image found here

Leila Samarrai: THE ADVENTURES OF BORIS K, Intro


Leila Samarrai

THE ADVENTURES OF BORIS K

Веlgrade, 2013.

Layout 1

Contents

Persons, participants, extras, casual mentions, not-quite-unimportant, perhaps even crucial for the story although (seemingly) collateral, many of whom never appear but are always present – the personifications of context.

Author’s note

Names of political parties

PCP = Party of Conscientious Prosperity

The Communist-Capitalist Conjunction

Coalition YOUR CHOICE

The Rationally Humanist Party

The Labour-Anarchist Team

The Vocal Party

Coalition SERVICE

CURSE — Communist Ultra Resident Suburban Entente

SCOURGE — Solvent Communist Offspring Union Relevantly Guiding Employees

The Noteworthy Personnel Party

GAOLS — General Alliance Of Lawabiding Socialists

Introduction: The Life and Tribulations of Boris K.

A stone’s throw from a large river, a paradise on earth was built.  According to the media in the friendly Uganda, it was a small country – an oasis of peace among the lighthouse-studded hills. The earth was a shimmering white, as if illuminated by numerous torches; the sky was imbued with various shades of pink. If one was to look at the majestic city from atop a hill, the Republic would have appeared utterly bared in its beauty. People compared it to Ancient Rome, Ancient Egypt and Alexandria, and many reminisced about the golden gates of the city which opened automatically, dousing the newcomers in a veritable deluge of cash.  What the visitors did not know, however, was that, once inside, they would never be able to leave the city. There was but one city gate, and it was heavily guarded. The aforementioned notwithstanding, Citizens were regularly assured by the local media that the Sun, indeed, shone its very brightest in their country, and that its people were – without a shadow of a doubt – most content with their lives and lots.

Following one lavish speech by a certain Member of Parliament – the wealthiest man in the City, who spoke to the people without prevarication, with a lofty style and his head held high – the Republic was named Phenomenublic. His speech was so eloquent and inwrought with poetry.

Many people disliked this flamboyant style and immediately left the premises. Thus they missed on learning about phenomenization.* Yet this citizen, this idealist (to some extent, yes, even a revolutionary), this billionaire, this poet, did not miss the chance to open the door of Knowledge for his fellow Phenomenublicans, describing the terrifying effects of phenomenization with all its limitless powers in his work titled “Res Publicus Phenomesationes, in which he defined this, to put it mildly, unusual occurrence.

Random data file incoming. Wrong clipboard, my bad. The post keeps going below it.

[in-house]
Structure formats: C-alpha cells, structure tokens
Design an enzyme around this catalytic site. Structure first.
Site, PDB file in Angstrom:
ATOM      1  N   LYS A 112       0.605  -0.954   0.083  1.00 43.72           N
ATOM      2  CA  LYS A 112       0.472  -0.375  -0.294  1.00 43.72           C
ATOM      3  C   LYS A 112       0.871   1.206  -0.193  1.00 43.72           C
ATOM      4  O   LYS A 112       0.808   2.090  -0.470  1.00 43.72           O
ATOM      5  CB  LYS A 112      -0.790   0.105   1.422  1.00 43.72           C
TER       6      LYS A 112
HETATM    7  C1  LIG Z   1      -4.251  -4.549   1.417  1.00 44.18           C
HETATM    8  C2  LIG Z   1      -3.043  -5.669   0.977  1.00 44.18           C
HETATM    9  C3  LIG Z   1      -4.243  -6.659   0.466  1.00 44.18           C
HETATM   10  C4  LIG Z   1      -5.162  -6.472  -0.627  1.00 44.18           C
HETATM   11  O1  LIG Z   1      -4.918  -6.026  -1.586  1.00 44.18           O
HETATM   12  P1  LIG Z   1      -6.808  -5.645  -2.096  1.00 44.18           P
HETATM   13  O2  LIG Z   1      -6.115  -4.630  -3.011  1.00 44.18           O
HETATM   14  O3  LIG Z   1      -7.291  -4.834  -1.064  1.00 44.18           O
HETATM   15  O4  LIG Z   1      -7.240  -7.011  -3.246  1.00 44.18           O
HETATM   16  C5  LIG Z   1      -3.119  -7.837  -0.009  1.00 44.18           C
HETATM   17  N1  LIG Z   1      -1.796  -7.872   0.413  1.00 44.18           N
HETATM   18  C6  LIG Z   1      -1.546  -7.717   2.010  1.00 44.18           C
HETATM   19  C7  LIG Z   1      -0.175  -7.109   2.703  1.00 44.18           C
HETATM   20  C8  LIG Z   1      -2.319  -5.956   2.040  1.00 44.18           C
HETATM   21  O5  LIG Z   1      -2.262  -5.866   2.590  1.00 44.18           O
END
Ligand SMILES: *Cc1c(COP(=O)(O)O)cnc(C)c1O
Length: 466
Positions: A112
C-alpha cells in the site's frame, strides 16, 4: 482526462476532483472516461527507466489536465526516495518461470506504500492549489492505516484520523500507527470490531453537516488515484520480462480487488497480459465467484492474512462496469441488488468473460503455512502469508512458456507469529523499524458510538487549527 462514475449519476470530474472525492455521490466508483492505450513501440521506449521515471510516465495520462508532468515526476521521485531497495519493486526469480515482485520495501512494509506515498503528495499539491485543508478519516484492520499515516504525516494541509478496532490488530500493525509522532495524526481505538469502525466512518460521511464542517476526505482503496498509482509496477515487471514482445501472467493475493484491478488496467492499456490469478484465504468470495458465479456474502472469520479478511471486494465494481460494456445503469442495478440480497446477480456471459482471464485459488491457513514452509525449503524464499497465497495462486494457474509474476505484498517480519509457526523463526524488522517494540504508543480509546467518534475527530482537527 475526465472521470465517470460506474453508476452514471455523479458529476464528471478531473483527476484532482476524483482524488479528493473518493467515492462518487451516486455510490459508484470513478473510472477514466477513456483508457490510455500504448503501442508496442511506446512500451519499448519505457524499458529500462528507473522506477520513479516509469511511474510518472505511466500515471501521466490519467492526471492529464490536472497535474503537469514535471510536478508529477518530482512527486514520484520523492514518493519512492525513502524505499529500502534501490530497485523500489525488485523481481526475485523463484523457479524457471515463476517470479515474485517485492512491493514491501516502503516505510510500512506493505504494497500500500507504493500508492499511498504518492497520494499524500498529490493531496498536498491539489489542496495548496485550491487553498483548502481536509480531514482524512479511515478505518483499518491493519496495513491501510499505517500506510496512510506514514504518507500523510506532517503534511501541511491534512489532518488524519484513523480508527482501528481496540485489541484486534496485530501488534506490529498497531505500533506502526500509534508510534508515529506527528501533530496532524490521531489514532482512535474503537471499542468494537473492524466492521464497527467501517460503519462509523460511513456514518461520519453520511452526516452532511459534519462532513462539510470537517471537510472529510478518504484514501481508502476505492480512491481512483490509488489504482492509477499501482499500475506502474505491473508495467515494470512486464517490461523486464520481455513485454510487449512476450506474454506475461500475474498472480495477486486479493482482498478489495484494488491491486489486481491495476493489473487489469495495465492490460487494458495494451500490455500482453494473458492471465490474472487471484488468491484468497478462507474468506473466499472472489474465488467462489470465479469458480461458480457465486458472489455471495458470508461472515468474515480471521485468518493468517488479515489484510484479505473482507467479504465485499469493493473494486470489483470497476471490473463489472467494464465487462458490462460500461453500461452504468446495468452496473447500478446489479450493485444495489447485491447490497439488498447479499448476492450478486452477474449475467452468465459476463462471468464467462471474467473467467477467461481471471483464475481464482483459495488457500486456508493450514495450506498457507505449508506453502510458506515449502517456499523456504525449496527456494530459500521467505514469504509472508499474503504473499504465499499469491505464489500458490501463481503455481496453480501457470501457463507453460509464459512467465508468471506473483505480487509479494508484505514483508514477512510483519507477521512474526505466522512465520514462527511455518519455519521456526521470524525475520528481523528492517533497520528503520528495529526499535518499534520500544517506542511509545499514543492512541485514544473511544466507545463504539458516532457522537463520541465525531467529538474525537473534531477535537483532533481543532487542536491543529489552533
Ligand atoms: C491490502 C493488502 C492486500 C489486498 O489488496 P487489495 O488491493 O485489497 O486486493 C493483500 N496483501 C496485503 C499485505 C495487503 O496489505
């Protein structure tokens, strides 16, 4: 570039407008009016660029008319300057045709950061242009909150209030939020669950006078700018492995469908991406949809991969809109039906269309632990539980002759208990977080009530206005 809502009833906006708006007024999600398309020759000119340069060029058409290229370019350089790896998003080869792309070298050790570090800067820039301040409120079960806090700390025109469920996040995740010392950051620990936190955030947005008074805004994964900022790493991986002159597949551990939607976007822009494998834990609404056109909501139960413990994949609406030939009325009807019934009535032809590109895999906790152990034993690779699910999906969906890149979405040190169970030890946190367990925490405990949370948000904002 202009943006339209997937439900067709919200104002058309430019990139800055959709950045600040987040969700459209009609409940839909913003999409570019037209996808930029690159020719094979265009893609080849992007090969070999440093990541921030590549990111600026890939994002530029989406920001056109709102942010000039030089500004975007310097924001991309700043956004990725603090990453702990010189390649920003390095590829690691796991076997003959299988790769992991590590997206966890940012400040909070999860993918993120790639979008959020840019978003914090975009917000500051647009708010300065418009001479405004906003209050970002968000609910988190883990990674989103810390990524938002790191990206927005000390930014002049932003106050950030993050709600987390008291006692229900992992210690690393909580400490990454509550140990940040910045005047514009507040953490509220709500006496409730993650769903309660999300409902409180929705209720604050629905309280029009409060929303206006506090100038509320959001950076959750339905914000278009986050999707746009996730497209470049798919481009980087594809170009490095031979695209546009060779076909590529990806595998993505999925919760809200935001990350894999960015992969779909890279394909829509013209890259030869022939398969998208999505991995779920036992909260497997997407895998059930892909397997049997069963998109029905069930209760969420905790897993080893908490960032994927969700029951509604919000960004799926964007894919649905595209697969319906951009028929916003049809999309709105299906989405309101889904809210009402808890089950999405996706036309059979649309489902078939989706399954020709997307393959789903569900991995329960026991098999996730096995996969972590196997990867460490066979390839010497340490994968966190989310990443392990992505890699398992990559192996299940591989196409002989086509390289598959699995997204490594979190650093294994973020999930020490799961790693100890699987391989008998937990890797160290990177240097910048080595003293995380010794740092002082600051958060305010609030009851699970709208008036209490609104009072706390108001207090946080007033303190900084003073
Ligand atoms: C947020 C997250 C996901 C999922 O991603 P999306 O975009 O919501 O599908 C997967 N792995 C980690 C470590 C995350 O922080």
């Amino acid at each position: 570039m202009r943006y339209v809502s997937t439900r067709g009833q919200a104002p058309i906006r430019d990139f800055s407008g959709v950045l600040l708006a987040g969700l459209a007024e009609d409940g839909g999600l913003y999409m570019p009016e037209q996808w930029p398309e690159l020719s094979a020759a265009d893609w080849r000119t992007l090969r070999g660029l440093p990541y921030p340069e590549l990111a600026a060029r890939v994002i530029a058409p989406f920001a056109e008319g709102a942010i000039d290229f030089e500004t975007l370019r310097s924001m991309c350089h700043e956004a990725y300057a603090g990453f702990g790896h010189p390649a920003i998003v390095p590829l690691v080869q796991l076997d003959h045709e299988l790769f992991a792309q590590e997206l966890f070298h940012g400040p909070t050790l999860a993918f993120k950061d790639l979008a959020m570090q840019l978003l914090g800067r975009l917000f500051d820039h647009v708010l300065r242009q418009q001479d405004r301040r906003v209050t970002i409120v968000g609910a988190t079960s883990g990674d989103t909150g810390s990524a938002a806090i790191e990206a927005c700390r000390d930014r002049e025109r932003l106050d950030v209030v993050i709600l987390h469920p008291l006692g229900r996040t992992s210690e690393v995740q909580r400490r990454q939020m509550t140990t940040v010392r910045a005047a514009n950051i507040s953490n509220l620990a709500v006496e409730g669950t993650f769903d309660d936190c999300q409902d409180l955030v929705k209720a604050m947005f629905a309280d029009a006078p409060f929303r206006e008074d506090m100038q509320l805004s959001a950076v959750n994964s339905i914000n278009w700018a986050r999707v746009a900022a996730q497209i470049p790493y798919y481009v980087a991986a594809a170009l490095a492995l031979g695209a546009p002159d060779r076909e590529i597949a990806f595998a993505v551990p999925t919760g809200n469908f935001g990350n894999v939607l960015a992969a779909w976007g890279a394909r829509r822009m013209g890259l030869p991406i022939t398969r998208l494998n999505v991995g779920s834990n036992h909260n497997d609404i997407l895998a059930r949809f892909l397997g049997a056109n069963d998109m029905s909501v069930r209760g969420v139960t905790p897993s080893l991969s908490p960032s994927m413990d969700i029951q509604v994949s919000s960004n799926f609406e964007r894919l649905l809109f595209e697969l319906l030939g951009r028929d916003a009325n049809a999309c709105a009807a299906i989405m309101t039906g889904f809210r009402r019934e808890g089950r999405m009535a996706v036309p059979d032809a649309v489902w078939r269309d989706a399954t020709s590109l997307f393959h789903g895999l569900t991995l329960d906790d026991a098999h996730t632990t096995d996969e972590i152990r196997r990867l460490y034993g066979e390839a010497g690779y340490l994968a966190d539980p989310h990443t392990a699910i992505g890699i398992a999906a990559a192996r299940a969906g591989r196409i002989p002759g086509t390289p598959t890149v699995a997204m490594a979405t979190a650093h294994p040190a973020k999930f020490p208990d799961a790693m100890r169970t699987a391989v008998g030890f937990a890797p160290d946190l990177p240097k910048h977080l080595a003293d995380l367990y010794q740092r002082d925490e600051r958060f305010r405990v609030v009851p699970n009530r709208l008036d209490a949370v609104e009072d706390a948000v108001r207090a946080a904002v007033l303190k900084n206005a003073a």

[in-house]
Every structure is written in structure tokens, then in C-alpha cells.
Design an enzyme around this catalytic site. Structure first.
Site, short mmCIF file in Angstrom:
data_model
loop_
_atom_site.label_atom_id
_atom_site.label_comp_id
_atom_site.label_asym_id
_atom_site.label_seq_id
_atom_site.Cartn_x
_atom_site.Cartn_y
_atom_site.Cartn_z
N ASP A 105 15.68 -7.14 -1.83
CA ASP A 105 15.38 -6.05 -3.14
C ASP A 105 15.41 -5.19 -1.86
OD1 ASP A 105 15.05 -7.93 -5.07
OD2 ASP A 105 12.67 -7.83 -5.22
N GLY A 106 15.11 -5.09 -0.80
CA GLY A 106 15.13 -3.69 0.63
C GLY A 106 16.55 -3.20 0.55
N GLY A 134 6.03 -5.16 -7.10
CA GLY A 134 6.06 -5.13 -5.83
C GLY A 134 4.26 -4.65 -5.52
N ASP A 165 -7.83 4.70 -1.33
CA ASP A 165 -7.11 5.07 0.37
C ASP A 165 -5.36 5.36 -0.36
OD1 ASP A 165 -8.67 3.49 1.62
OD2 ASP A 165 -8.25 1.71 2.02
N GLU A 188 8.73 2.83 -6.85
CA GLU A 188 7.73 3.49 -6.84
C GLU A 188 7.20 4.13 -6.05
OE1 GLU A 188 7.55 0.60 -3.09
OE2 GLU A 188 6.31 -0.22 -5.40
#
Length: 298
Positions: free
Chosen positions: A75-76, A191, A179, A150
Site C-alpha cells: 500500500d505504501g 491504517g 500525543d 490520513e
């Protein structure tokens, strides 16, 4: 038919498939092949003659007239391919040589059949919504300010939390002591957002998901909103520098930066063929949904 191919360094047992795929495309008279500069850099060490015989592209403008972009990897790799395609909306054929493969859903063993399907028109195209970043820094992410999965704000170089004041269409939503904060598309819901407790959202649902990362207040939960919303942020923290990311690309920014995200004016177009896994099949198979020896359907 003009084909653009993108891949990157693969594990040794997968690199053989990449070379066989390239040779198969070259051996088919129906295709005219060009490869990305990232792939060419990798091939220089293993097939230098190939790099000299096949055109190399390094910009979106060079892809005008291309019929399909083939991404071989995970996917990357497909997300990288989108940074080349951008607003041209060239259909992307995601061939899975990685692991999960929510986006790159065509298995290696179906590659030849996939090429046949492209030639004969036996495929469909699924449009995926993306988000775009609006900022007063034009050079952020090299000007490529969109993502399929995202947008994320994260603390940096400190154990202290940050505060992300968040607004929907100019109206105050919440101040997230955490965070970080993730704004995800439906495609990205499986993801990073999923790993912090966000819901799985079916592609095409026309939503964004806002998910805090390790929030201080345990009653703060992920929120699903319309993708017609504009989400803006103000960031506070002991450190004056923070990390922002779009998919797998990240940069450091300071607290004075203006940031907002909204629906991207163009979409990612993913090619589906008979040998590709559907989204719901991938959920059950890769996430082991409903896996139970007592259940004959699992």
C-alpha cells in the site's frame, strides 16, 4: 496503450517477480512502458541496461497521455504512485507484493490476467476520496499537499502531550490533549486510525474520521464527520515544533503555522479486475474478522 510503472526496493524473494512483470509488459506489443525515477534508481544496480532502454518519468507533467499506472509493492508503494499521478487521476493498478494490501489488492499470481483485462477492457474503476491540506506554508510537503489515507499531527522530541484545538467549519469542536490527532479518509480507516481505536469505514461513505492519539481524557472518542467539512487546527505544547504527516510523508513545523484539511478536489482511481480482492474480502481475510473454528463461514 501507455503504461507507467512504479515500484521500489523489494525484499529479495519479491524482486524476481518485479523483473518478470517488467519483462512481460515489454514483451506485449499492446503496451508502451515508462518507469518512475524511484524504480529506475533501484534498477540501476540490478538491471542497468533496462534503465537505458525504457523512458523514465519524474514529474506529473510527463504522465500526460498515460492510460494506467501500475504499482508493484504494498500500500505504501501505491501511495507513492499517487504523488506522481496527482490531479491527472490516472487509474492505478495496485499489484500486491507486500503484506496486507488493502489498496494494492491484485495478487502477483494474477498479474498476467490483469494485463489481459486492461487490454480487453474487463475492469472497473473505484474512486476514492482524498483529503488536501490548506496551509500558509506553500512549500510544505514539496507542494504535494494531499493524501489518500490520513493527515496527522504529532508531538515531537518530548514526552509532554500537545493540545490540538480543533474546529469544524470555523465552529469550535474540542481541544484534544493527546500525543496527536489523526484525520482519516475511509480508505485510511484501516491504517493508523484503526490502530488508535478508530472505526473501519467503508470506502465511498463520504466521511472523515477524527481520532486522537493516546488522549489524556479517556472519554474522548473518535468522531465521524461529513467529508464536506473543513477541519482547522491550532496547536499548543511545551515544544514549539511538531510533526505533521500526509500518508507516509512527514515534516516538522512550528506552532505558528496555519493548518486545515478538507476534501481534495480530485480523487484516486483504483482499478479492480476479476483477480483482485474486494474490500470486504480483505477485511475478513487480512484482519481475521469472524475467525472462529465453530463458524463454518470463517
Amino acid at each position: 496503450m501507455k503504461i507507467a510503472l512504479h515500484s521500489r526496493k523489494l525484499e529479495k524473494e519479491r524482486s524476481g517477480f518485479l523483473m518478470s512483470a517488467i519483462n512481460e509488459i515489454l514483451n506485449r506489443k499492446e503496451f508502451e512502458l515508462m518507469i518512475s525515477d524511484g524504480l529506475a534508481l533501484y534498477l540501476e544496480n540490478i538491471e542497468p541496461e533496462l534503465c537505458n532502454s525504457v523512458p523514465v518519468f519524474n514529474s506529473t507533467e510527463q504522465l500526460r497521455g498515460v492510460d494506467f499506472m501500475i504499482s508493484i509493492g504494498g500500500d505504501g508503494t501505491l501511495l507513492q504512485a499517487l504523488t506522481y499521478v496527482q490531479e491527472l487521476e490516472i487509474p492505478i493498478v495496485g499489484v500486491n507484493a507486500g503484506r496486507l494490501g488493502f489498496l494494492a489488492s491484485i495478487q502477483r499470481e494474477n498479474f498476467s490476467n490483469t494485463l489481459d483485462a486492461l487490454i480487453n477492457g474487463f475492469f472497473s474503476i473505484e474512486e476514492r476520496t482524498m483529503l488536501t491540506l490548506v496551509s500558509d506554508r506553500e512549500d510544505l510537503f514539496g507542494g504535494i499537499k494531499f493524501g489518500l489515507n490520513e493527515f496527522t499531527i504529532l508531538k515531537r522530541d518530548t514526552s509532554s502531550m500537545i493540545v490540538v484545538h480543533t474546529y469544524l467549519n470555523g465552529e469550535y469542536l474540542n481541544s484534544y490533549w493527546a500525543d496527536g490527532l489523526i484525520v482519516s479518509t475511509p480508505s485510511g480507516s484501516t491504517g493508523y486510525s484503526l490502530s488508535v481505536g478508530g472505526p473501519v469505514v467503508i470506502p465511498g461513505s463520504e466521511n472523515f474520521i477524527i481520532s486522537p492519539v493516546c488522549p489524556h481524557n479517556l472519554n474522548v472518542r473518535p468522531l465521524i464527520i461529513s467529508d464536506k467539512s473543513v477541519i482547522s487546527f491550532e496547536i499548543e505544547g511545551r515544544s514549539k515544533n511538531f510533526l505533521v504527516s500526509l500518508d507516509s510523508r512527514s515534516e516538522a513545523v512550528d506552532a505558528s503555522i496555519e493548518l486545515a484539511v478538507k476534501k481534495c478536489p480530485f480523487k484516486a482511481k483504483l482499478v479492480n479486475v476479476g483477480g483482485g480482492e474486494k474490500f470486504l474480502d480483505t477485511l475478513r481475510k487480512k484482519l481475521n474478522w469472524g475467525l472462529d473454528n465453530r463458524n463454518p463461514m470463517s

If a foreigner was to enter the Republic, he would take one look around and realize that the Republic was not quite what it had seemed. Parts of the city looked sophisticated, some of the sidewalks wrought in solid gold. The buildings were brand new, and the list of reforms published on the eye-catching billboard aprawled across the government building (formed by the coalition of leading parties – CURSE /Communist Ultra Resident Suburban Entente/ and SCOURGE /Solvent Communist Offspring Union Relevantly Guiding Employees/) grew longer by the day. Stepping around the handful of newly built edifices, however, the traveler would find himself staring at ruined asphalt pockmarked with manholes.

Behind those, caught in a strange trance verging on insanity, toothless beggars would emerge with blindfolds over their eyes. Within the shadows of multiple stairways, the narrow streets hid their leprous residents feeding on refuse – those were the losers of phenomenization. The winners – strictly for the greater good, of course – spun stories of the brighter future for these wretches, attempting to allay any and all thoughts of ire, offensive or revenge.

“Dear losers, rejoice! For hunger is the mother of ingenuity and without your leprosy there would be no splendour of this City. It is all, as Buddha had said, just one big spiral going from one extreme to another only to stop in the middle.” And the Losers were satisfied. The greater their satisfaction, the bigger their chances were of becoming clerks or venal top dogs.

“We strongly recommend a bird brain,” the authorities advised a Loser with a scheduled frontal lobotomy. “You will make a grand Minister of health one day,” they’d say.

Mere visitors, however, knew not the secret of this land – it was known to the Grand Pulpiteer alone. To all questions like “Are those just ragamuffins who will put up with anything as they wait, stuck in a manhole, for the arrival of better days ?” he would answer thusly:  “Each and every one of them is infinitely more avaricious, infinitely more hypocritical, than any of those living upstairs in their golden pavilions. You should be aware, my good people, that all the mighty patricians you pout and glower about used to live in manholes once. The roles change, it is only I that remain the same,” whereupon he would laugh and fall into the sweetest of dreams.